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From: David Farber
Date: Sat, 9 May 2009 12:52:38 To: ip
Subject: [IP] Proposed New Law Says: "Upset Me - Go to Prison!"
Begin forwarded message:
From: Lauren Weinstein
Date: May 9, 2009 12:19:34 PM EDT
Subject: Proposed New Law Says: "Upset Me - Go to Prison!"
Proposed New Federal Law Says: "Upset Me - Go to Prison!"
Greetings. I sometimes speak and write about contentious and
controversial topics. I like to think that most of the time I have
the angels on my side, but certainly there are some people who
disagree with me on certain issues, and who don't hesitate about
telling me so -- sometimes loudly, repeatedly, and even impolitely.
I have a pretty thick skin, but golly, [sniff], I do have feelings.
Some of those messages can be pretty, well, distressing emotionally,
But if a new proposal in Congress becomes law, I might be able to send
those disagreeing folks to federal prison! Now that's entertainment!
This new power to incarcerate would come courtesy of H.R. 1966,
proposed by California Democrat Linda Sanchez and around a dozen
co-sponsors, who obviously feel that the first amendment to the U.S.
Constitution has the elastic properties of Silly Putty.
The bill, now in the House Judiciary Committee says, "Whoever
transmits in interstate or foreign commerce any communication, with
the intent to coerce, intimidate, harass, or cause substantial
emotional distress to a person, using electronic means to support
severe, repeated, and hostile behavior, shall be fined under this
title or imprisoned not more than two years, or both."
What's going on of course is that this legislation is being framed as
an attack on "cyberbullying" -- the actual bill is called the Megan
Meier Cyberbullying Prevention Act, named for the 13-year-old who
tragically committed suicide last year after receiving upsetting
The legislation, by the way, doesn't limit its coverage to Internet
messages -- it would also apparently sweep in text messages, phone
calls, Web sites, radio and television programs and commentaries ...
and so on.
This is yet another example of seemingly well-intentioned legislation
that would create a firestorm of presumably unintentional collateral
damage to constitutionally protected free speech.
You can make your own list of problematic aspects, but here's a few to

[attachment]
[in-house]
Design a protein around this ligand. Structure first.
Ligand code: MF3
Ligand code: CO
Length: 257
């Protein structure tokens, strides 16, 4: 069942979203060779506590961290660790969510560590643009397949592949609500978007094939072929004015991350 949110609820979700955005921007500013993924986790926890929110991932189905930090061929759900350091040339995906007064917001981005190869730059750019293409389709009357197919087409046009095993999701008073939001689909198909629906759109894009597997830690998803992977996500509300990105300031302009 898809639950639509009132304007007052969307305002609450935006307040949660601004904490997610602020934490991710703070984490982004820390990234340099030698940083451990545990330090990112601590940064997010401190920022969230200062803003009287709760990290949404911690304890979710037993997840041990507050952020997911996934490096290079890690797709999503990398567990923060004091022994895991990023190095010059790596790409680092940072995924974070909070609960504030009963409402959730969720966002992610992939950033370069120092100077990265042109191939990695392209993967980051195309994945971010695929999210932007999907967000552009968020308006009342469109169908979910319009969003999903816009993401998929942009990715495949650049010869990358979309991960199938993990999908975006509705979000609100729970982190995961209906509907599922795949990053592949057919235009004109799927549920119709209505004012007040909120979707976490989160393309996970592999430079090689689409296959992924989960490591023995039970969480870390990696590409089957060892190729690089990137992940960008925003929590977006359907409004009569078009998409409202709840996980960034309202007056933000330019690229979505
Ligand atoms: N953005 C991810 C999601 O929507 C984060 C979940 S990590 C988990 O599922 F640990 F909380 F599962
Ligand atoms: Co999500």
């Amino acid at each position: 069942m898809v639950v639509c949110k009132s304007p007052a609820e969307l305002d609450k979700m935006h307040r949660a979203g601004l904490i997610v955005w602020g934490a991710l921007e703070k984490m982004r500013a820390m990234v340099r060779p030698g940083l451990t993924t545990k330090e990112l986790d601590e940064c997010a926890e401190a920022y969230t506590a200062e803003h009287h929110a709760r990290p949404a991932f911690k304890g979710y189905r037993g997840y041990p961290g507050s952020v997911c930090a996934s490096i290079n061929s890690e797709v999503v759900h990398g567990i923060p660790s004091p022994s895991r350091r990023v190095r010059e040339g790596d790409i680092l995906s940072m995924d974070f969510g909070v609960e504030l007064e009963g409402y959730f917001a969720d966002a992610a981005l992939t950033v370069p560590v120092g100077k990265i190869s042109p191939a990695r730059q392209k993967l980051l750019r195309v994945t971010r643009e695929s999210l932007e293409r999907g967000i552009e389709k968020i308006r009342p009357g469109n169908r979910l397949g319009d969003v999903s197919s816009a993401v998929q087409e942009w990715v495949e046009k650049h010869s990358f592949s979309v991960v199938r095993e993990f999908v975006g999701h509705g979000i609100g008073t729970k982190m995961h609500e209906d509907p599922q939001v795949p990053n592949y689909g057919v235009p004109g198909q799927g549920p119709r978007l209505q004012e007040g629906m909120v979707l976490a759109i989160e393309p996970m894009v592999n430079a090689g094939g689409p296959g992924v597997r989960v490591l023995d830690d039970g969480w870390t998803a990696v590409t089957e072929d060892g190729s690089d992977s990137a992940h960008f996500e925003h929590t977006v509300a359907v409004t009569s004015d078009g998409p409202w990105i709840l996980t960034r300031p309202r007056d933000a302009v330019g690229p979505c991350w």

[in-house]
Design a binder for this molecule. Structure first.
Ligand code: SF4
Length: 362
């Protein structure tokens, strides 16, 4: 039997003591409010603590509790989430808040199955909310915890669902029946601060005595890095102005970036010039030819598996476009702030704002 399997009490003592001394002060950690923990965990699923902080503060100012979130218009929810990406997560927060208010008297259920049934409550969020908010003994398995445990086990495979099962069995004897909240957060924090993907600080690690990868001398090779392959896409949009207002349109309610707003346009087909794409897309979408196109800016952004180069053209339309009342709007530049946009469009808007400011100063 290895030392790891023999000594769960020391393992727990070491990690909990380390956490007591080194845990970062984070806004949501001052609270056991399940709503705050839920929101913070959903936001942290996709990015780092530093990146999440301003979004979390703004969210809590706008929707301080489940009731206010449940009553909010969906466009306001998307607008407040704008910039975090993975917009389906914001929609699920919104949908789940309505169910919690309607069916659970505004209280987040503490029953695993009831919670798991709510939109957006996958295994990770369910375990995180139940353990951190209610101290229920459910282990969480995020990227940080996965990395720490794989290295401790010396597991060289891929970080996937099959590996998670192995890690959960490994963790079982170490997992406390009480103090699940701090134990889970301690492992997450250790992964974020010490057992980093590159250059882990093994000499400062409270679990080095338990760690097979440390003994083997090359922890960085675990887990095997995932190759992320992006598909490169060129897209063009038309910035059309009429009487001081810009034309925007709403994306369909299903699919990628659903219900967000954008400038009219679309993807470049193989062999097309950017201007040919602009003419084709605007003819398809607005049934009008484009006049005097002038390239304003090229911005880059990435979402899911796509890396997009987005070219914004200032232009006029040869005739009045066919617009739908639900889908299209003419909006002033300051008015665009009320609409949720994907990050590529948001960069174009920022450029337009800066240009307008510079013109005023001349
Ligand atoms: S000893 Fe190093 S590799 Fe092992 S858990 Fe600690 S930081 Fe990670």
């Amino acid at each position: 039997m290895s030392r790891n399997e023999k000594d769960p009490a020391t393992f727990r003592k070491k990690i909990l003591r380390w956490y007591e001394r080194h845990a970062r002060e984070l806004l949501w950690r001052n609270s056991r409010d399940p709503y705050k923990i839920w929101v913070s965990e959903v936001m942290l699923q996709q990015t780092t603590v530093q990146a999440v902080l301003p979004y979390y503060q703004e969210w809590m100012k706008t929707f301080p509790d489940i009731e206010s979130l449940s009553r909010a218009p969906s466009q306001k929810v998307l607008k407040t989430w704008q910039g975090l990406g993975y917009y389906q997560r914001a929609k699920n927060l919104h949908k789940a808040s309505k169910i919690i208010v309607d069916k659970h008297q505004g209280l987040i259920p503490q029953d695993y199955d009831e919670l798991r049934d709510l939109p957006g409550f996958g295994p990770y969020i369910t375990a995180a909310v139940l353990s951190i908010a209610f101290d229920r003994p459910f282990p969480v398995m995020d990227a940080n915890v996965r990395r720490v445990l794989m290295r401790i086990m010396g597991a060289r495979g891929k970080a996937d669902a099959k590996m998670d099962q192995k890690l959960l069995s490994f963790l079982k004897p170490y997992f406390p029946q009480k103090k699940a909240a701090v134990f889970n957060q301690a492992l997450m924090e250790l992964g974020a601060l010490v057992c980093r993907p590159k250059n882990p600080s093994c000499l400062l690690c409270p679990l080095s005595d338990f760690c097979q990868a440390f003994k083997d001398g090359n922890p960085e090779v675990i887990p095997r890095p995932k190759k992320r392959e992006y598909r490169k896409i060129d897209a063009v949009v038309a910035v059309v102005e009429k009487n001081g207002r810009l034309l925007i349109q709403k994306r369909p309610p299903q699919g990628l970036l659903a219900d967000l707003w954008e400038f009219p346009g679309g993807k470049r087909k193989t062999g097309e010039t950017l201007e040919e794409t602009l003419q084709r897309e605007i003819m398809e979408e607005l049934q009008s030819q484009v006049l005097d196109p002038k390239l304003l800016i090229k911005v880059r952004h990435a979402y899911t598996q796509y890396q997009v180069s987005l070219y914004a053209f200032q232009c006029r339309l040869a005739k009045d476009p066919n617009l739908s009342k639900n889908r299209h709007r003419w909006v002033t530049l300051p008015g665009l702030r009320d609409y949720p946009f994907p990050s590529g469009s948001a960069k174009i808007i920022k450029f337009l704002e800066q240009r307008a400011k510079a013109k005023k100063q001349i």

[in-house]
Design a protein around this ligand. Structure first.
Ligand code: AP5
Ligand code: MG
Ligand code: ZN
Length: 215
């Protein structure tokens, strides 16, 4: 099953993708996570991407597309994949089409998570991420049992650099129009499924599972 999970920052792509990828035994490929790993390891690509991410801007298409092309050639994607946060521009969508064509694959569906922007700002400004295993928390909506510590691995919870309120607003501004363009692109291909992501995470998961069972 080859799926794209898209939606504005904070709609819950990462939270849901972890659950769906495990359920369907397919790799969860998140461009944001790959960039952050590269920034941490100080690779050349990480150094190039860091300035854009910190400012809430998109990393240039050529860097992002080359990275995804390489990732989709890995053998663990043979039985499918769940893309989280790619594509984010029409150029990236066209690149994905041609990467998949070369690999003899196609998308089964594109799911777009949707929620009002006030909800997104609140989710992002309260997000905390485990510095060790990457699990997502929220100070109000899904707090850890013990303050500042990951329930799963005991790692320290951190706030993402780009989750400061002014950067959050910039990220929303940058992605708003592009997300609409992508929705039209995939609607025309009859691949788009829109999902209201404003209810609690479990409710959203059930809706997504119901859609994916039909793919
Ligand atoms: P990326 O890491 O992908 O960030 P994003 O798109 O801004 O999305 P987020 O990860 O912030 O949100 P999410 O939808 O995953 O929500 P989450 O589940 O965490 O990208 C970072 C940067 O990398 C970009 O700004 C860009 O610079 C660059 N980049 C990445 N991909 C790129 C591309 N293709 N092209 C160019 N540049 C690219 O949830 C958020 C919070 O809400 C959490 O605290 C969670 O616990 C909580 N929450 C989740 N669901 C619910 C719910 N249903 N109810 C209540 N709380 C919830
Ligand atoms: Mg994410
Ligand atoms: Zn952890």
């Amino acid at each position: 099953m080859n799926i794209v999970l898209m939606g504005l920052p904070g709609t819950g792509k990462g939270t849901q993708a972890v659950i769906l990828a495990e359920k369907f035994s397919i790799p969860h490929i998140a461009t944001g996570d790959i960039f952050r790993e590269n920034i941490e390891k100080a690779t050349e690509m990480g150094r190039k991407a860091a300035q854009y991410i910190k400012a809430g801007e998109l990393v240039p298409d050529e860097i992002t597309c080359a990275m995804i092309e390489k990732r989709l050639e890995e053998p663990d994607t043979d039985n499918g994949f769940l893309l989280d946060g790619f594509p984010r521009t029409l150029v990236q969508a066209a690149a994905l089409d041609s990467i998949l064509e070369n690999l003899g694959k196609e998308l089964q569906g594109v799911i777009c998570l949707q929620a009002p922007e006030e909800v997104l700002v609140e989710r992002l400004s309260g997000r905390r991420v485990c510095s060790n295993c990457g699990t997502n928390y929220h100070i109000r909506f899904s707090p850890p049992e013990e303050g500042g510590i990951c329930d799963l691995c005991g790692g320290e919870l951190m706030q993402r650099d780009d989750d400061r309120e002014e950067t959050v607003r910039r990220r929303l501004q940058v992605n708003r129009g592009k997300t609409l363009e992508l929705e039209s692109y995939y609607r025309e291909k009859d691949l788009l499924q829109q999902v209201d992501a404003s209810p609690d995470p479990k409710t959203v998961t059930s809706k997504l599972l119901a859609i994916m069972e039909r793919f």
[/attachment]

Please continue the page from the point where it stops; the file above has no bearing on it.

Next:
get started. Determining "intent" as specified by the legislation is
a can of worms in and of itself. When a collection agency repeatedly
calls a debtor and harasses them about payments, is their intent to
cause them severe emotional distress to get them to pay up?
When someone sets up a Web site critical of a company's officers, what
is the intent? Is the intent to get better service, cause severe
emotional distress, or both? Would every hit on that Web site count
as "repeated" behavior?
Clearly such a law would be a cash cow for psychologists. As expert
witnesses on both sides at the associated trials, they'd be needed to
argue about the true "intent" of defendants.
Well, you get the idea. Due to its very broad scope and impact on
what we normally consider to be free speech, this legislation, if
approved by Congress, faces a litigation path longer than the route
from Munchkinland to Oz, and with a seemingly rather low probability
of successfully reaching the Emerald City.
Presumably the sponsors of this legislation are fully aware of this,
and naturally I wouldn't want to suggest that perhaps what's really
going on with this proposal is political grandstanding.
But if the legislation ever does become law and passes judicial
muster, my critics had better watch their steps. You wouldn't want to
hurt my feelings and end up in the slammer, would you?
Tel: +1 (818) 225-2800
- People For Internet Responsibility - http://www.pfir.org
- Network Neutrality Squad - http://www.nnsquad.org
Founder, GCTIP - Global Coalition
for Transparent Internet Performance - http://www.gctip.org
Founder, PRIVACY Forum - http://www.vortex.com
Member, ACM Committee on Computers and Public Policy
Lauren's Blog: http://lauren.vortex.com
RSS Feed: https://www.listbox.com/member/archive/rss/247/
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